The advent of a truly integrated combat system came closer to realization following the latest demonstration of the Advanced Battle Management System (ABMS) on September 3rd, 2020 by the Department of the Air Force, the U.S. Northern Command, and the U.S. Space Command.
According to a formal announcement about the demonstration from the U.S. Space Force, “…operators used ABMS to detect and defeat efforts to disrupt U.S. operations in space in addition to countering attacks against the U.S. homeland, including shooting down a cruise missile ‘surrogate’ with a hypervelocity weapon…ABMS allows a joint force to use cutting-edge methods and technologies to rapidly collect, analyze, and share information and make decisions in real-time.”
Described by some of the participants and observers as proof that this system is ready to be taken seriously, ABMS has garnered considerable attention. The next steps are to require the training of on-the-ground operators and the creation of best practices using the private sector as an inspiration.
The Internet of Battlefield Things (IoBT) stands at the precipice of truly integrated decision-making between combatants’ commands, but utilizing existing and next-generation technology will be essential to making it a reality. “Valuing data as an essential warfighting resource, one no less vital than jet fuel or satellites, is the key to the next-gen warfighter,” explained Dr. Will Roper, Assistant Secretary of the Air Force for acquisition, technology, and logistics. Dr. Roper views the success of the ABMS test as proof that some of the demonstrated capabilities were ready to be used at a larger scale.
Most notable among the successes was the demonstration of cloud computing technology to relay information from warfighters operating in the field to those in command at internet-fast speeds. Reliance on several lines of communications has historically hampered decision making as multiple reports arrive with potentially conflicting data. Warfighters trained to operate equipment today’s information-sharing technology that can leverage cloud computing will be placed at an advantage over other adversarial combatants in the battlespace.
“Rapid, iterative experimenting ultimately places relevant capability in warfighters’ hands faster,” noted Air Force Staff Gen. Charles Q. Brown Jr. according to the U.S. Space Force release. “To win the contested, high-end fight, we need to accelerate how we field critical technologies today.” The evolving nature of likely adversaries showcases the need for rapid communication chains to ensure that warfighters and those in command can engage in efficient threat assessment.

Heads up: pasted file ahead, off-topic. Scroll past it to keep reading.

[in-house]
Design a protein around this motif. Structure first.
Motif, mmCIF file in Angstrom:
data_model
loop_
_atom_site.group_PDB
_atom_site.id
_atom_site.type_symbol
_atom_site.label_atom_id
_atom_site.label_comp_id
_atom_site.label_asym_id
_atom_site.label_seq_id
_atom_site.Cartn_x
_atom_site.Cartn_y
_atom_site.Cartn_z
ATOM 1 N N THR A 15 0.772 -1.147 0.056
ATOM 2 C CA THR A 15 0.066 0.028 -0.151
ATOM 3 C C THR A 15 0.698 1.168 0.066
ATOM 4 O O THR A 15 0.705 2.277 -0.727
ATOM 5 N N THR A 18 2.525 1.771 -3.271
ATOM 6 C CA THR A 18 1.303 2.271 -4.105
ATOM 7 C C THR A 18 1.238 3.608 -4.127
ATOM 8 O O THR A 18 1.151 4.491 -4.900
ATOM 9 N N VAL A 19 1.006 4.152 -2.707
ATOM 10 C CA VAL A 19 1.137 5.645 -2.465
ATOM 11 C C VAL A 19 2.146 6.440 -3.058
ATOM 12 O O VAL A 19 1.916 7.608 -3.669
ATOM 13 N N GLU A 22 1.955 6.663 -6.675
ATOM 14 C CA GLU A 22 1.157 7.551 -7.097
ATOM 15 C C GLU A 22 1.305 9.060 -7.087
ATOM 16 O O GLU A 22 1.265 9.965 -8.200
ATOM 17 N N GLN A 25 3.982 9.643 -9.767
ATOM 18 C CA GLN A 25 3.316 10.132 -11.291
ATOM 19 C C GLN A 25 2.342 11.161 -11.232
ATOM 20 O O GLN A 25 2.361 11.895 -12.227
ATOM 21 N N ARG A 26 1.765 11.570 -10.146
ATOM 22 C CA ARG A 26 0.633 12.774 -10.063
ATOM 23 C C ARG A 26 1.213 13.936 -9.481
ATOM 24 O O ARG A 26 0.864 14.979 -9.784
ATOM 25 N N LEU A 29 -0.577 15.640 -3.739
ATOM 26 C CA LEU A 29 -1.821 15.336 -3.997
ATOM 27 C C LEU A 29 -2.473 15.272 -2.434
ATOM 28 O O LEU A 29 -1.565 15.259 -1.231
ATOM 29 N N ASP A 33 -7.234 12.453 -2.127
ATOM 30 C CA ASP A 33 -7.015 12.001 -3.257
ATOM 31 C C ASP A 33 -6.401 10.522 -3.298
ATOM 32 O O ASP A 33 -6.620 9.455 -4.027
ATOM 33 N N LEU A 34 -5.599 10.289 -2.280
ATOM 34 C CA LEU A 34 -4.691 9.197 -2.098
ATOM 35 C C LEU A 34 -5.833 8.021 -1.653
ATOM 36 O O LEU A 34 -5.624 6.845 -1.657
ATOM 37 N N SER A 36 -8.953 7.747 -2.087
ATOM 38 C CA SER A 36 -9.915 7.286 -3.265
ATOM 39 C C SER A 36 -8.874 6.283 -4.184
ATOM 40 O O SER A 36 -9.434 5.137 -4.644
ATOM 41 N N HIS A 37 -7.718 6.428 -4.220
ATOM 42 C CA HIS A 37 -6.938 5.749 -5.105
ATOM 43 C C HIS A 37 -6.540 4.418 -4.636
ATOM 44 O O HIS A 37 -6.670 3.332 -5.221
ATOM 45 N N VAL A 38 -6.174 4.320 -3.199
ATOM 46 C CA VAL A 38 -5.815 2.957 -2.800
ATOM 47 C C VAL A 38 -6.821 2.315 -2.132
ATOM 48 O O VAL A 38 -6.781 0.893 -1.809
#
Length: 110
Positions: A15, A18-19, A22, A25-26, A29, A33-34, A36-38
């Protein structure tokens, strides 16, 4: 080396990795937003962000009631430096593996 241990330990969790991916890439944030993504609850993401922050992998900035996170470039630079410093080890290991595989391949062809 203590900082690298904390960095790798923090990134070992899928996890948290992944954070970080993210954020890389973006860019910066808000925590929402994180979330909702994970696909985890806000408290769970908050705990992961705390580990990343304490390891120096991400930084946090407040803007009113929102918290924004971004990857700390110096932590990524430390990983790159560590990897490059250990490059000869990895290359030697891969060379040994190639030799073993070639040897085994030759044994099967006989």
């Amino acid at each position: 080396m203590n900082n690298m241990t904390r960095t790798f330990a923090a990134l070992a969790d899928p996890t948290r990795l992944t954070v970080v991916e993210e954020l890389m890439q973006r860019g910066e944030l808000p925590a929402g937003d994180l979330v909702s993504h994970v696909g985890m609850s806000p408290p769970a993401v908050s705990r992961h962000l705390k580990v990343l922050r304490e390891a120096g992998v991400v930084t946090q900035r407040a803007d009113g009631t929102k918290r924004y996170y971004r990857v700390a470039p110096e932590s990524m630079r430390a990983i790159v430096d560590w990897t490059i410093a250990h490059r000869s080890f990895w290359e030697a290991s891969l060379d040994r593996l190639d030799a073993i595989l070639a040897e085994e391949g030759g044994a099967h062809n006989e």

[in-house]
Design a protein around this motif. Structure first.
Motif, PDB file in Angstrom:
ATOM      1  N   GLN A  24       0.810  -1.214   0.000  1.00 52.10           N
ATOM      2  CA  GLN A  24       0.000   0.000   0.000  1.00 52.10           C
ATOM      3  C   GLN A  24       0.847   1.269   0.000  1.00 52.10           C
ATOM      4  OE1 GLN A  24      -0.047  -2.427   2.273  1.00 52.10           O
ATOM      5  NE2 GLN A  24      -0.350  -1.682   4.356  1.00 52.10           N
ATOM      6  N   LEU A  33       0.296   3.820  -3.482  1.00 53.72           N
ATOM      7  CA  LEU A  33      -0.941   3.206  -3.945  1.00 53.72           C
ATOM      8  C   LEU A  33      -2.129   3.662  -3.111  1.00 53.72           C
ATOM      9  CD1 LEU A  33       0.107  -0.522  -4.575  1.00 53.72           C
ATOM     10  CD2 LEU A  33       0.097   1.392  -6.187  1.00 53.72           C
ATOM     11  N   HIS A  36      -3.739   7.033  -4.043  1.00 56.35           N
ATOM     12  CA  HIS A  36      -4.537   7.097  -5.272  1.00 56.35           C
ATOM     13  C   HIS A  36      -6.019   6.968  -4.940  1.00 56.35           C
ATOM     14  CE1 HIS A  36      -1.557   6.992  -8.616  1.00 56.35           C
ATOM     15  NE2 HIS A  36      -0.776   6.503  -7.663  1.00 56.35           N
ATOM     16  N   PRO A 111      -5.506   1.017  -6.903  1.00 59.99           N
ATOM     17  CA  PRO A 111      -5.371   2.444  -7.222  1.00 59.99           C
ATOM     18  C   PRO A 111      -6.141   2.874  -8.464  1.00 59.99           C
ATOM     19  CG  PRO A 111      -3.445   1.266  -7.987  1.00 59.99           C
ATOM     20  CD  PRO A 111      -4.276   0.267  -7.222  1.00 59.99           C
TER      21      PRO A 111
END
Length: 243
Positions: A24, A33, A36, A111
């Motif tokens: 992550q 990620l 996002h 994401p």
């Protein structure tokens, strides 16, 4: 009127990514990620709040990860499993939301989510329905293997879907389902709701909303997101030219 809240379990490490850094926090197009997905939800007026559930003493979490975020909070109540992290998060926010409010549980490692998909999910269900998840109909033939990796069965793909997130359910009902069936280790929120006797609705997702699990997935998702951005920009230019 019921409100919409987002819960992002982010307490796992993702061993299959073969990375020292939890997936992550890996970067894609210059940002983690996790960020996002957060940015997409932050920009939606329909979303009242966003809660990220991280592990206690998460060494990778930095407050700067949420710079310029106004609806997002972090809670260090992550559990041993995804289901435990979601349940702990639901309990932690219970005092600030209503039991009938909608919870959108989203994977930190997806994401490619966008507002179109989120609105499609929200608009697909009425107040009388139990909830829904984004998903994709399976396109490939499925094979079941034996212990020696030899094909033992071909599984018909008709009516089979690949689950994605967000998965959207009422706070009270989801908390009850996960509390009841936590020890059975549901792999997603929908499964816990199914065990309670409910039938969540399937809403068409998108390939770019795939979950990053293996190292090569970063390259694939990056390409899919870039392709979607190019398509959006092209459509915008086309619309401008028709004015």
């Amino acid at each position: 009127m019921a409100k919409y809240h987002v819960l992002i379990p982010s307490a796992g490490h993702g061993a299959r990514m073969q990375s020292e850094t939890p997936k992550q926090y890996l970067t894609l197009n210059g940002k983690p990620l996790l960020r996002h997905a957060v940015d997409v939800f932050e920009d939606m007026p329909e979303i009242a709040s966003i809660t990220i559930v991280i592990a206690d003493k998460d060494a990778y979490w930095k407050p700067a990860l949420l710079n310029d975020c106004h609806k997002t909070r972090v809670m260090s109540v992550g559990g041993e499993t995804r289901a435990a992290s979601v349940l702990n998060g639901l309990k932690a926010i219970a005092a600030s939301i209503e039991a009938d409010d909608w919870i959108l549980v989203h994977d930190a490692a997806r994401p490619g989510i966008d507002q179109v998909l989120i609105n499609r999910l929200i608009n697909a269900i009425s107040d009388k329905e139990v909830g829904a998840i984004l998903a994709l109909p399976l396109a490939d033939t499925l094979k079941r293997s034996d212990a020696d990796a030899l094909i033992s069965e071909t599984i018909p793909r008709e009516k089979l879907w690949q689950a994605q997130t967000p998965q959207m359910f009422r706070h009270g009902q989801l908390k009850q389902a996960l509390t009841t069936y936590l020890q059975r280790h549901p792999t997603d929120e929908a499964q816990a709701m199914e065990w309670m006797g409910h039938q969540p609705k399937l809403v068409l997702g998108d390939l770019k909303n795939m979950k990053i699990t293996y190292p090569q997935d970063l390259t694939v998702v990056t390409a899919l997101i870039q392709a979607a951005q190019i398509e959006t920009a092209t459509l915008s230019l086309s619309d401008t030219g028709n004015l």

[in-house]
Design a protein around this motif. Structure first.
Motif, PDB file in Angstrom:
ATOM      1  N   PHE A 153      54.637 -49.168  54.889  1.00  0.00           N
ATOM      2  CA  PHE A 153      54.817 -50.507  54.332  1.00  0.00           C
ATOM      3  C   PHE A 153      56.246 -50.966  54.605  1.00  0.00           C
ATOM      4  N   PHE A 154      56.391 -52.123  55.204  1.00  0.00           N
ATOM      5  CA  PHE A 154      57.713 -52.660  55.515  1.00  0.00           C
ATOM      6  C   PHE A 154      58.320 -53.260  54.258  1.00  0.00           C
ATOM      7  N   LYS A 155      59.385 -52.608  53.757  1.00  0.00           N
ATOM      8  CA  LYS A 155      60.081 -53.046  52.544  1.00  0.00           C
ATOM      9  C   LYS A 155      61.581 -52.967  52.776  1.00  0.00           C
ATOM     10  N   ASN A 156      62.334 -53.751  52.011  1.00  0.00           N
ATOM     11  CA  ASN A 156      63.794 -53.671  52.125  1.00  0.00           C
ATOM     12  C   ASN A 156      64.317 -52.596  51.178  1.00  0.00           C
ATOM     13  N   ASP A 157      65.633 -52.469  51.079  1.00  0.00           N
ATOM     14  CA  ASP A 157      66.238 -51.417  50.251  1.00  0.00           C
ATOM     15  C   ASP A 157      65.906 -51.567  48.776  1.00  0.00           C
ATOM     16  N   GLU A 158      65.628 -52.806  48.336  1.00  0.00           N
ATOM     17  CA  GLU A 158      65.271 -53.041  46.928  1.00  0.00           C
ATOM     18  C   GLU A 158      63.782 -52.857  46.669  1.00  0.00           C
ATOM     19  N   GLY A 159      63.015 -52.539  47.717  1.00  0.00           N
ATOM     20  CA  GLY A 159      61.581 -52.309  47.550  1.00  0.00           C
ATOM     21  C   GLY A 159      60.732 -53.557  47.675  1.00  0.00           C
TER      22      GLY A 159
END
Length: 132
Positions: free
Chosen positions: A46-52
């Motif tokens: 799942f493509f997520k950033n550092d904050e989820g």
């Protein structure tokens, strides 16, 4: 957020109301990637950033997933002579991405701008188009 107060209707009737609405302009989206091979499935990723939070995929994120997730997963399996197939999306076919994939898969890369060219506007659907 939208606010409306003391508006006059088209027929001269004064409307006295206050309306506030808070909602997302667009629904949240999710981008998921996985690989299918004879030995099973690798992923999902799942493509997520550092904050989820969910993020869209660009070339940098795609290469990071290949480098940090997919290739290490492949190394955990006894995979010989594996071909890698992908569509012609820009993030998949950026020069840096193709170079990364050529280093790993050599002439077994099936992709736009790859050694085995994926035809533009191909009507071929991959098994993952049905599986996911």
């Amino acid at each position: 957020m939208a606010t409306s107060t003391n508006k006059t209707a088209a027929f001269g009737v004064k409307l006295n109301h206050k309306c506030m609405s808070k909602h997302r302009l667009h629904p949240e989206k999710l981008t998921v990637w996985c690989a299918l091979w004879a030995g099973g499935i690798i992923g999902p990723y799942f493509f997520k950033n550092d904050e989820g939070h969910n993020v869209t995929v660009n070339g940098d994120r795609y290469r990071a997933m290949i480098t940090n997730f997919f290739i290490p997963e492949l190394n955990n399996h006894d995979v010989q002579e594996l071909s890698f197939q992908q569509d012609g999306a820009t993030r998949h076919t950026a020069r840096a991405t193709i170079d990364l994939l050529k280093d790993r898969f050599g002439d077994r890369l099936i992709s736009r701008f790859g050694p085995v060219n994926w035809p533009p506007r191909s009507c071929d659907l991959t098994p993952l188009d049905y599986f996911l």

During the demo, participants noted that a major factor limiting the efficacy of ABMS technology is the sheer size and complexity. The ability to create a network of networks that can establish secure remote access and information sharing is largely due to private sector innovation, with much of the ABMS being derived from commercially available technology already in use by many industry partners. The existing best practices among the private sector can help foment the creation of a military-centric operation guide for warfighters operating this new equipment.
Utilizing current knowledge along with lessons learned from demonstrations and field rollouts will allow each iteration of the ABMS to become more efficient. “The winner is going to be the one who is able to adapt rapidly in the face of change and uncertainty,” said Preston Dunlap, Department of the Air Force chief architect in the formal U.S. Space Force announcement. “We have to bake agility in the recipe as its most basic ingredient.”
Leveraging existing best practices identified in test and training, with the needs of the modern and future battlespace will create opportunities for extensive private-public partnerships. While hardware and software will be the focus for the time being, the operators of this next generation cannot be forgotten in the push for modernity. The most efficient modern warfighters will be the ones who not only know how to operate their new technology but the ones who understand how their new technology works and how it contributes to the future of modern warfare.